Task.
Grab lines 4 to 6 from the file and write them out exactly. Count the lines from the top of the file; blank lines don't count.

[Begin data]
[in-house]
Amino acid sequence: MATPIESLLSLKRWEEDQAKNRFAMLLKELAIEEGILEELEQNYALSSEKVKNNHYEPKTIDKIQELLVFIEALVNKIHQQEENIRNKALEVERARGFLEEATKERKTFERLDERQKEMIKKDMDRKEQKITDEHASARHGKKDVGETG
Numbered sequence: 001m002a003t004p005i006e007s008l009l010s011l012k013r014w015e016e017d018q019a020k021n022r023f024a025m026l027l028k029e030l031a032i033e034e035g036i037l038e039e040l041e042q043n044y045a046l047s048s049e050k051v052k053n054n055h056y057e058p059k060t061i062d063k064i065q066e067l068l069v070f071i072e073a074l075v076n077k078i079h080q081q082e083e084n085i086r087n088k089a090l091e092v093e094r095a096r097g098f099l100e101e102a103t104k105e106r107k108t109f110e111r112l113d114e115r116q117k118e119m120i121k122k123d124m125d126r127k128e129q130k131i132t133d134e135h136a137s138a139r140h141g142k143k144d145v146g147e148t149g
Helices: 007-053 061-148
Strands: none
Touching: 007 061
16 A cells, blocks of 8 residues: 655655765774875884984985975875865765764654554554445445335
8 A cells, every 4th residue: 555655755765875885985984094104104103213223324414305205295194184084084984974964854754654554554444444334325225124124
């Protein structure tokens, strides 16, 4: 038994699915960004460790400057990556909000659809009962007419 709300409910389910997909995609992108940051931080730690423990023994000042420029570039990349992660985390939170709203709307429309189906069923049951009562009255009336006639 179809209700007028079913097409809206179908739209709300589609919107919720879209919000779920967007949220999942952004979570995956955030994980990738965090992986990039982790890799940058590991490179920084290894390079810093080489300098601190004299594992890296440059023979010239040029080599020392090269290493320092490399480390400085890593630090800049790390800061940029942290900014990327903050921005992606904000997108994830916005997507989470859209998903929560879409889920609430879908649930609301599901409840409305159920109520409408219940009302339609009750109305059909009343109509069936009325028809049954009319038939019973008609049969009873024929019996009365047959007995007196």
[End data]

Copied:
Helices: 007-053 061-148
Strands: none
Touching: 007 061